In 2015 a planning inspector backed officials at Forest of Dean District Council who said he had to demolish the building. The building from the outsideCredit:SWNS.com Speaking in 2015 he said: “I’m doing this for my family, I’m not hurting anybody.”This is my family home, all my children and my grandchildren come to visit, it’s the place they all go.”Nobody really knows it’s there, if all this fuss hadn’t been kicked up nobody would know it was there.”I have spoken to all my neighbours and none are bothered, they have all written letters of support to the council.”But neighbours now say they are concerned that bulldozers will be unable to get to the complex because there were other buildings in the way. A spokesman for Forest of Dean District Council said: “There is an enforcement notice requiring the removal of unauthorised development at 24 Meendhurst Road, Cinderford.”Mr Wildin has until the 7th of July 2017 to comply with the notice which has been endorsed by a planning inspector.”Once the period for compliance with the notice has expired, Mr Wildin will be liable to further action, including prosecution in the courts for a breach of the notice.”Due to the possibility of legal action it would be inappropriate for us to comment further at this time.” The complex was built in 2013 and Mr Wildin said he believed it was a “permitted development”Credit:SWNS.com Want the best of The Telegraph direct to your email and WhatsApp? Sign up to our free twice-daily Front Page newsletter and new audio briefings. Andrew Buckmaster, who lives nearby, said that the development should have been stopped earlier.”I don’t think he will take it down. He is going to build a house in front of it, which he has planning permission for, so how will they be able to get back there and take it down?” he said. It’s a good idea to consider planning permission before building anything in your back garden – especially if it is a 10,000 sq ft leisure complex with a casino, cinema and bowling alley. A Gloucestershire accountant now has just weeks to demolish his project or face legal action after building his own private leisure centre without planning permission. The development built by Graham Wildin, 65, includes a a two-lane bowling alley, a 16 seat cinema, squash courts, private casino and bar.The development, which he says he built for his children and grandchildren, also has a 25ft tall three-storey doll’s house, a soft play area and indoor tennis and badminton courts.He refused to disclose how much it had cost. Mr Wildin faces having to demolish the leisure centreCredit: SWNS.com He was given two years to comply with the enforcement notice after the planning inspectorate ruled that the building is a “bulky structure”.They added it was “totally out of scale and proportion with the surrounding development”.But less than three months before time runs out there is no sign of any demolition work taking place and Mr Wildin is adamant that the leisure centre will remain standing.He said: “It’s not coming down. That is definite. The council have given notice at the end of which they will have to decide whether they are going to do anything or not, but there are a lot of legal issues involved.” Mr Wildin claims that when it was built in 2013, he made sure it “couldn’t be seen by anybody”. He spent more than a year building the luxury centre behind his house in Cinderford, Gloucestershire, which he said he believed was a “permitted development” under planning rules. The accountant said that he dug out 9,000 tons of soil and constructed the building 18ft below ground level. He said: “If you look at the building from the street you can’t see it at all, you can maybe just see a fence. You’d have to be in a helicopter to see it.”I looked at the rules permitting development before I started, they are very generous rules.”But the grandfather-of-five has just weeks left to comply with a council enforcement notice instructing him to tear the building down – or face prosecution. Graham Wildin inside the leisure centre he has built for himself and his familyCredit:SWNS.com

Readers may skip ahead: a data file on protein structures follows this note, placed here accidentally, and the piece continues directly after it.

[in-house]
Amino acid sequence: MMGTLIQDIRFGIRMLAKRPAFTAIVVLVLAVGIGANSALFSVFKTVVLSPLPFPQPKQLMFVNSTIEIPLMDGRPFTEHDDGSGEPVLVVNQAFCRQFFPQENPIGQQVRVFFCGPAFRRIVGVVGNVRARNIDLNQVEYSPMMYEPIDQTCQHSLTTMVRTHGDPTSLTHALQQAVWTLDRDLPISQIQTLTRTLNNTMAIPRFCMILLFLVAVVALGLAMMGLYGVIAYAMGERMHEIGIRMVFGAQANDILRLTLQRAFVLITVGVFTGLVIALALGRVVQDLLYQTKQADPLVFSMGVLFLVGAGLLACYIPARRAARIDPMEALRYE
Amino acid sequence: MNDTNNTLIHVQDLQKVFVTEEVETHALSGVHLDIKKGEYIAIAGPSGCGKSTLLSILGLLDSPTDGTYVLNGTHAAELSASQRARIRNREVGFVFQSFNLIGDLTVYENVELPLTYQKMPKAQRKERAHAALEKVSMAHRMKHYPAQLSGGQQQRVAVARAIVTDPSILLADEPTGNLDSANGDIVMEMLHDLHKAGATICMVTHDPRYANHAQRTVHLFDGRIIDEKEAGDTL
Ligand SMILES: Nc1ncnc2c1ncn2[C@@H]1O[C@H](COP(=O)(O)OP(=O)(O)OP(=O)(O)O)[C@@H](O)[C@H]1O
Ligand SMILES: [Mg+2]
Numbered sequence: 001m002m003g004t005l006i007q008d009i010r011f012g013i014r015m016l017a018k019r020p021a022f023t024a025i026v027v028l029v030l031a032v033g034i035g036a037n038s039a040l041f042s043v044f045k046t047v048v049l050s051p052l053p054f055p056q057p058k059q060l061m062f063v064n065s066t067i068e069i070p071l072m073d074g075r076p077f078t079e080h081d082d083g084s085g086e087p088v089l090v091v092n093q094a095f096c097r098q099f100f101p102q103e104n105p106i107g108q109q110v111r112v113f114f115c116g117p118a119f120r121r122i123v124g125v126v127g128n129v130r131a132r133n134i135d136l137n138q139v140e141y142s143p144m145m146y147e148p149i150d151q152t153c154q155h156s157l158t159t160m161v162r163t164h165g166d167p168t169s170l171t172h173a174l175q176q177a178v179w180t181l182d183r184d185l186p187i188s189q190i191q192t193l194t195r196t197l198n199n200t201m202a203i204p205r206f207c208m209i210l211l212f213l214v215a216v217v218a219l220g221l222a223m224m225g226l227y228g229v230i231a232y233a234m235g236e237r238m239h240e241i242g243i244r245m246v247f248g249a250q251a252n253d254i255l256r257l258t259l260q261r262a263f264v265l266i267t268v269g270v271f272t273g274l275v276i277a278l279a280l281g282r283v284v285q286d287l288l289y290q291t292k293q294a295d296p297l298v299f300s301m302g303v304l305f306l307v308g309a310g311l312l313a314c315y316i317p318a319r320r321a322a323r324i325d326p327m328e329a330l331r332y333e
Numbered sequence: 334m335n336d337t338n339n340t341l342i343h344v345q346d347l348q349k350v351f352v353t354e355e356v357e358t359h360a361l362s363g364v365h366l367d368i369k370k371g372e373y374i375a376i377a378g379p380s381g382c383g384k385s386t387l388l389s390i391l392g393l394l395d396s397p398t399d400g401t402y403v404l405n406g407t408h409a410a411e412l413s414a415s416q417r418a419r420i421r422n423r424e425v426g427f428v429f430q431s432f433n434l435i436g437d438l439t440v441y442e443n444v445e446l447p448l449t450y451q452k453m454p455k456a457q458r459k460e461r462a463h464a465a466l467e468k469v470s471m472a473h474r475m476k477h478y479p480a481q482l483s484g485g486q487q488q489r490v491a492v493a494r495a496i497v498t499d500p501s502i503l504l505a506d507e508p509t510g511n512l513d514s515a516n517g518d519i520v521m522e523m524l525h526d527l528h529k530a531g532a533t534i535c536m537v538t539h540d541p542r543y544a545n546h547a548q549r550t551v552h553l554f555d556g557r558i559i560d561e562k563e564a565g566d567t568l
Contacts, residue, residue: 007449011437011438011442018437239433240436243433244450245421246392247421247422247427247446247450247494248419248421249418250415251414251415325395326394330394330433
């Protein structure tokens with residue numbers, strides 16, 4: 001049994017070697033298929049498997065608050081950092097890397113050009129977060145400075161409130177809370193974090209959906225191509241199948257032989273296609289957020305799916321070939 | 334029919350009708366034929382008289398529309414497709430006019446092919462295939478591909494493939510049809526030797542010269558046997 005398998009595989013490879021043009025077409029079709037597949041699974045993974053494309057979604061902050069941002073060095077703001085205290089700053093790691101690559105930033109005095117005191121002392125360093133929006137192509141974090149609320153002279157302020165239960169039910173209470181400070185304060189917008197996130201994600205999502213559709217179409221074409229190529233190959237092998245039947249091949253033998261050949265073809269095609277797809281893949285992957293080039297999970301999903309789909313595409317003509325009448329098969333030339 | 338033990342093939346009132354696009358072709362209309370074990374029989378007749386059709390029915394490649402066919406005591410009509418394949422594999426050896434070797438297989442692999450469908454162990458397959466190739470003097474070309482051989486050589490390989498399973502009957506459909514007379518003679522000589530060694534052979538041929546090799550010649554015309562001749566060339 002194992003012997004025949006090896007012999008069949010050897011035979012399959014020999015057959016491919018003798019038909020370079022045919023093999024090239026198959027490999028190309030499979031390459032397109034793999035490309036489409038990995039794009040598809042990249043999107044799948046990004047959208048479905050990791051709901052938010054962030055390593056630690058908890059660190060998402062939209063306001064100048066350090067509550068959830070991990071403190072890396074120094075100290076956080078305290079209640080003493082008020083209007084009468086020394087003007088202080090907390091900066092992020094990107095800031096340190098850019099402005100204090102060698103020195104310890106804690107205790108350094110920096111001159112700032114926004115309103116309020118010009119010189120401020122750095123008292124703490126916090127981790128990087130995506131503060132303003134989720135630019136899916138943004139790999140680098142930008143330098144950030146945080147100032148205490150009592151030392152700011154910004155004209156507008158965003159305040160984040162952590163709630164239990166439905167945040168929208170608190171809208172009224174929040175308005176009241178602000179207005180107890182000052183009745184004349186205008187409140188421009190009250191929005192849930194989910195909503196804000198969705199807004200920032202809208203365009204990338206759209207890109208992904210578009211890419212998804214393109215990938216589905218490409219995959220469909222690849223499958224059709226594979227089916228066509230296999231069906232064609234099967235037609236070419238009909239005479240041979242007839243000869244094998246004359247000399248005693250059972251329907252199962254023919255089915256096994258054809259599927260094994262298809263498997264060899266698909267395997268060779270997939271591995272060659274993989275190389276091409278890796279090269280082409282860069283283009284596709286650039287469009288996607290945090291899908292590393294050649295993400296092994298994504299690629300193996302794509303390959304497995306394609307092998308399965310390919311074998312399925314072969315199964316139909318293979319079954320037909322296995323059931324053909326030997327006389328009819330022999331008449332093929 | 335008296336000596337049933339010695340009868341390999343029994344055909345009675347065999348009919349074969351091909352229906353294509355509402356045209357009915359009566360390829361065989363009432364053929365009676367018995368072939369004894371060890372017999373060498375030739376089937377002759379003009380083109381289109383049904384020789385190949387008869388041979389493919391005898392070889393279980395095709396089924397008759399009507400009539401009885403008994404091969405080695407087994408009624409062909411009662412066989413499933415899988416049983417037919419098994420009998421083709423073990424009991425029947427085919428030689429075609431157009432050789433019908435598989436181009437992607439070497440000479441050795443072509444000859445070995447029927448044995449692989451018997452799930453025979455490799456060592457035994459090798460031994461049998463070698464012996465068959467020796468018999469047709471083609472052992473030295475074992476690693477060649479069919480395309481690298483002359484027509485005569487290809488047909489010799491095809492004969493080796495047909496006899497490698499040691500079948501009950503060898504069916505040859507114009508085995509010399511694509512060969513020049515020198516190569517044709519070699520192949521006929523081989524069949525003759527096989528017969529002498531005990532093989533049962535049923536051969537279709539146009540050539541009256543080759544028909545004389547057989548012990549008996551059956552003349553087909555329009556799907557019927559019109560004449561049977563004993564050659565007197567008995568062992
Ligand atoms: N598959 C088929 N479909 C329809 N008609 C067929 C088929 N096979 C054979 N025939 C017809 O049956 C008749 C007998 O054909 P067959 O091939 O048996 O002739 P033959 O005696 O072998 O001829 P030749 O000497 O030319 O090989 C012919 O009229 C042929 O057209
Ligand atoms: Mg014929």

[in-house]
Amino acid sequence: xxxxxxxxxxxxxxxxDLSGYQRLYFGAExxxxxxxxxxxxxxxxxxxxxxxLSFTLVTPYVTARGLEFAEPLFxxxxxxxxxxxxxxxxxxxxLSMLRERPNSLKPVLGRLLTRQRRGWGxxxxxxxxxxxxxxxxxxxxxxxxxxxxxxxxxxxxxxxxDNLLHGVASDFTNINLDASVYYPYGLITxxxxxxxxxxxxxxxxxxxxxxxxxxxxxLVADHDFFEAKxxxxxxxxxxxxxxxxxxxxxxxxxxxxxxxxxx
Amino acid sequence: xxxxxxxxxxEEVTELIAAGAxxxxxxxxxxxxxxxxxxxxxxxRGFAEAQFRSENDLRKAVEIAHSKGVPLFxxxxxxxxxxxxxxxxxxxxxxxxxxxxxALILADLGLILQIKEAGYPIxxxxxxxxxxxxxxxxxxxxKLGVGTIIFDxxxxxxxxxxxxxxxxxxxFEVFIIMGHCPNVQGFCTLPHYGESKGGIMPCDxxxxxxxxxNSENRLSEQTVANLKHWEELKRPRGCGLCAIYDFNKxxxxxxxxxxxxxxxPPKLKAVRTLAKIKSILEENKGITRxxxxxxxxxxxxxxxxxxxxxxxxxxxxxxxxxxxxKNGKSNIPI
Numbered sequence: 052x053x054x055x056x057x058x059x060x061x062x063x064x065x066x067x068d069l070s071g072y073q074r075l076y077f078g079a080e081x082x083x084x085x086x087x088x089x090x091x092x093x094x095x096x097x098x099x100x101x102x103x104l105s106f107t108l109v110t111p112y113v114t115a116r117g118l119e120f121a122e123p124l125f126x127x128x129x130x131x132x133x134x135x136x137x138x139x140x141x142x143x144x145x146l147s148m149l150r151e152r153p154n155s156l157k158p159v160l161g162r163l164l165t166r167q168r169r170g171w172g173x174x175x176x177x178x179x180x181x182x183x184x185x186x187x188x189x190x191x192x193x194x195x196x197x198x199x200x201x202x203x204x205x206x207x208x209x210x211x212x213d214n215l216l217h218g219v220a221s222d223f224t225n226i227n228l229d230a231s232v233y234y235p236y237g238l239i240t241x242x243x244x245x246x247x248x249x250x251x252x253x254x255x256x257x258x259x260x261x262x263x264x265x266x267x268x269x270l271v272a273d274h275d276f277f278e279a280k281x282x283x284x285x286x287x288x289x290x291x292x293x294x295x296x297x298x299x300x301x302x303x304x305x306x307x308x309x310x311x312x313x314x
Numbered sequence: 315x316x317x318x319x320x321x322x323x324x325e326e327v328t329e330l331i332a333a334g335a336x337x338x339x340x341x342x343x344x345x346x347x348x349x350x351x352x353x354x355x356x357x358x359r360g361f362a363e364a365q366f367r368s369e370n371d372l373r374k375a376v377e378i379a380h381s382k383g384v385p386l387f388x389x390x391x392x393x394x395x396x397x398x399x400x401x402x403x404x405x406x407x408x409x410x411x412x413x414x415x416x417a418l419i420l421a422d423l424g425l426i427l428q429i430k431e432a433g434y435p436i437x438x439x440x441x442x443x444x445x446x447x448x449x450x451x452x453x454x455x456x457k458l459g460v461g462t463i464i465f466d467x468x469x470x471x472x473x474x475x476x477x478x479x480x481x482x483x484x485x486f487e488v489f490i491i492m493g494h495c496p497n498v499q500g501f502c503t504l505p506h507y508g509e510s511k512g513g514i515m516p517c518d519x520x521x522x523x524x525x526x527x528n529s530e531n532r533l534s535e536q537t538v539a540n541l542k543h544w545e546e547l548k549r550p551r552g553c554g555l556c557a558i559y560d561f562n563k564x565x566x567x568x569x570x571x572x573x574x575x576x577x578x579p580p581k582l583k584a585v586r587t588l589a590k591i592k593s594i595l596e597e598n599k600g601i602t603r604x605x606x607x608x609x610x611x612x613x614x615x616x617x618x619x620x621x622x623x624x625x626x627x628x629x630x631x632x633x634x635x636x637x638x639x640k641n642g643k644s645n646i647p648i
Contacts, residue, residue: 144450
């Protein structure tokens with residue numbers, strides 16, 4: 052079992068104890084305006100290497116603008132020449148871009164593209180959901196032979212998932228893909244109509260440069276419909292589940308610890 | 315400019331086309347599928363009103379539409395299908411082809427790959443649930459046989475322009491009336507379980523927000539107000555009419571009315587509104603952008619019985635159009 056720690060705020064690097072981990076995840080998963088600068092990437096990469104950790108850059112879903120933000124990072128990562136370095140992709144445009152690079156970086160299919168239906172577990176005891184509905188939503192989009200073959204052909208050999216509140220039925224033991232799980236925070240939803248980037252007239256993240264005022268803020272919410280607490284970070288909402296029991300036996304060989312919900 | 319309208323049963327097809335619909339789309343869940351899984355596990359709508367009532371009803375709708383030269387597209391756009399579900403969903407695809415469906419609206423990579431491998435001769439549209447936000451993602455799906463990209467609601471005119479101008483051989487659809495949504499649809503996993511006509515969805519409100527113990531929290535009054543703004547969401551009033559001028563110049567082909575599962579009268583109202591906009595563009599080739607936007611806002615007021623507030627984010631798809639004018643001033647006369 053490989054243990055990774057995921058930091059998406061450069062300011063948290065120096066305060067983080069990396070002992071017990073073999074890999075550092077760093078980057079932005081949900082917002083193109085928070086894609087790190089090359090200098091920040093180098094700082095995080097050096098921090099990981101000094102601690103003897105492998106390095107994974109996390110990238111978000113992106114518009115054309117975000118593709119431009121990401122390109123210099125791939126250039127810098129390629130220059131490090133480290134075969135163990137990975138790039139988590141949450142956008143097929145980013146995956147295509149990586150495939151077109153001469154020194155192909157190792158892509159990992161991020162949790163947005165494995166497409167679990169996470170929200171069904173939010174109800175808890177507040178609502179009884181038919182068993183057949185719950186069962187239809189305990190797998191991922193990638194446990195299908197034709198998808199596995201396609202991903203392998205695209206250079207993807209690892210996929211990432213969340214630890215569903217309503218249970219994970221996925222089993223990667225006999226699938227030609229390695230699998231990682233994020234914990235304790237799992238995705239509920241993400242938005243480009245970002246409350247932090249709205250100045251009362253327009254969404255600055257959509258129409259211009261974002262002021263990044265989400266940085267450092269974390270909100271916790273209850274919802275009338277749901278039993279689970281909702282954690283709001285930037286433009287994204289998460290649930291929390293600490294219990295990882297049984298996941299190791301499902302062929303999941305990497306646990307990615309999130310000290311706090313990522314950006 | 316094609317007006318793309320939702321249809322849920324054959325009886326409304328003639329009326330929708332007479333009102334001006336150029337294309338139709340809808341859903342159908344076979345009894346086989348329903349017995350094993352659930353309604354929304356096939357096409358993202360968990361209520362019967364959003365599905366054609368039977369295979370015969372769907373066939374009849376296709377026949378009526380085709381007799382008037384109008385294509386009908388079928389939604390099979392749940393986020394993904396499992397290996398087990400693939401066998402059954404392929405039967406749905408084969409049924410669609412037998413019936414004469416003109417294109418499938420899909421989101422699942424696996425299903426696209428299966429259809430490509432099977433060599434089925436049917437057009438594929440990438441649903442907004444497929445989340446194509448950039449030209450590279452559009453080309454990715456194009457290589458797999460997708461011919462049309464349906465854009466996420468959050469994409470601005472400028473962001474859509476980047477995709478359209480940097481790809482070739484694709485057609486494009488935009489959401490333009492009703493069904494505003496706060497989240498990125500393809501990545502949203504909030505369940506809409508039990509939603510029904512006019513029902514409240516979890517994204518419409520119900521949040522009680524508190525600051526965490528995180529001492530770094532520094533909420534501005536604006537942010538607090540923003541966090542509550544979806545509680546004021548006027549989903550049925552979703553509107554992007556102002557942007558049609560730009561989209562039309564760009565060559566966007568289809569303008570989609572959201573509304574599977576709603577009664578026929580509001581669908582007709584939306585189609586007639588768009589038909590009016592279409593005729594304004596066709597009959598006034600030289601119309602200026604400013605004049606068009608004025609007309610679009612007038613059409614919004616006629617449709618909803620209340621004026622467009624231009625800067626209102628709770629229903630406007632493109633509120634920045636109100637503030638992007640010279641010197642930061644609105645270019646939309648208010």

The rats who drank fizzy drinks also showed signs of fat accumulating around their organs, a symptom of chronic obesity.Levels of the hunger hormone ghrelin were “significantly higher” after the rats had had a carbonated drink.Tam Fry, of the National Obesity Forum, told the Mail on Sunday: “The Department of Health must now curb the use of any chemicals that impinge on health and that should include carbon dioxide if this effect is replicated in further studies.”Subsequent tests on human volunteers found that those who drank sparkling water at breakfast had ghrelin levels six times higher than those who had still water.Gavin Partington, director-general of the British Soft Drinks Association, said the study was “bad science” because the outcomes for humans may not be the same as those for rats. “There is no body of scientific evidence that carbon dioxide contained in soft drinks – or even beer – causes increased hunger or obesity,” he said. The experiment used fizzy drinks Want the best of The Telegraph direct to your email and WhatsApp? Sign up to our free twice-daily Front Page newsletter and new audio briefings. Fizzy water could be a cause of obesity, according to a new study. Academics at Birzeit University in the Palestinian West Bank found that rats who were given fizzy drinks including zero-calorie versions put on weight, while those who drank flat liquid did not. They said that the carbon dioxide in the drinks encouraged the rats to eat on average 20 per cent more.